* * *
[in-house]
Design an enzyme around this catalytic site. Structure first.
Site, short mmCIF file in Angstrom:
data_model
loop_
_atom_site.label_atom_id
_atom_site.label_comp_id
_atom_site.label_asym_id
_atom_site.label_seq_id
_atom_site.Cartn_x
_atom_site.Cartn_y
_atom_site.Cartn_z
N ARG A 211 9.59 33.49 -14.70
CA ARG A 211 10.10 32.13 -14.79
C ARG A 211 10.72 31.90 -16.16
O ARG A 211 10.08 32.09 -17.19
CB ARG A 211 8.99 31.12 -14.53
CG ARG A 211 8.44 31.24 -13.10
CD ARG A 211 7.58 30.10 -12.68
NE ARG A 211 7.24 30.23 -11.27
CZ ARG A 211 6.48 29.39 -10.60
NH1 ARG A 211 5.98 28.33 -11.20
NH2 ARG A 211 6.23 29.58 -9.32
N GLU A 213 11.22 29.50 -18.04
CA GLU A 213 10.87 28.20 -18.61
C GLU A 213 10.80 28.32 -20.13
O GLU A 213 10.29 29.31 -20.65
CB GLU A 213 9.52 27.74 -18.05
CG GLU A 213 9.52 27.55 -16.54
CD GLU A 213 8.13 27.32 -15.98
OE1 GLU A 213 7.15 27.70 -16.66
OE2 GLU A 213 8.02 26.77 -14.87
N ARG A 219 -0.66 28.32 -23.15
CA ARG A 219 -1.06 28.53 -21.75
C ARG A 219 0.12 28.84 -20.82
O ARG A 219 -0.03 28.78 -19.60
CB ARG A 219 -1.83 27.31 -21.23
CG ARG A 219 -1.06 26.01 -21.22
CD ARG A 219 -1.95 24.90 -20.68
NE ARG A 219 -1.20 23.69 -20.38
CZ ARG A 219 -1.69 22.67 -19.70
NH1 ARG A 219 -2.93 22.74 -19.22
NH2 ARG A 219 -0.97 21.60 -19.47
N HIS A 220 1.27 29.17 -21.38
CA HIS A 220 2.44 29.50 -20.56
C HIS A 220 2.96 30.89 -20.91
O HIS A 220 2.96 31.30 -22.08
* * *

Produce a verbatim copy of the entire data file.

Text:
[in-house]
Design an enzyme around this catalytic site. Structure first.
Site, short mmCIF file in Angstrom:
data_model
loop_
_atom_site.label_atom_id
_atom_site.label_comp_id
_atom_site.label_asym_id
_atom_site.label_seq_id
_atom_site.Cartn_x
_atom_site.Cartn_y
_atom_site.Cartn_z
N ARG A 211 9.59 33.49 -14.70
CA ARG A 211 10.10 32.13 -14.79
C ARG A 211 10.72 31.90 -16.16
O ARG A 211 10.08 32.09 -17.19
CB ARG A 211 8.99 31.12 -14.53
CG ARG A 211 8.44 31.24 -13.10
CD ARG A 211 7.58 30.10 -12.68
NE ARG A 211 7.24 30.23 -11.27
CZ ARG A 211 6.48 29.39 -10.60
NH1 ARG A 211 5.98 28.33 -11.20
NH2 ARG A 211 6.23 29.58 -9.32
N GLU A 213 11.22 29.50 -18.04
CA GLU A 213 10.87 28.20 -18.61
C GLU A 213 10.80 28.32 -20.13
O GLU A 213 10.29 29.31 -20.65
CB GLU A 213 9.52 27.74 -18.05
CG GLU A 213 9.52 27.55 -16.54
CD GLU A 213 8.13 27.32 -15.98
OE1 GLU A 213 7.15 27.70 -16.66
OE2 GLU A 213 8.02 26.77 -14.87
N ARG A 219 -0.66 28.32 -23.15
CA ARG A 219 -1.06 28.53 -21.75
C ARG A 219 0.12 28.84 -20.82
O ARG A 219 -0.03 28.78 -19.60
CB ARG A 219 -1.83 27.31 -21.23
CG ARG A 219 -1.06 26.01 -21.22
CD ARG A 219 -1.95 24.90 -20.68
NE ARG A 219 -1.20 23.69 -20.38
CZ ARG A 219 -1.69 22.67 -19.70
NH1 ARG A 219 -2.93 22.74 -19.22
NH2 ARG A 219 -0.97 21.60 -19.47
N HIS A 220 1.27 29.17 -21.38
CA HIS A 220 2.44 29.50 -20.56
C HIS A 220 2.96 30.89 -20.91
O HIS A 220 2.96 31.30 -22.08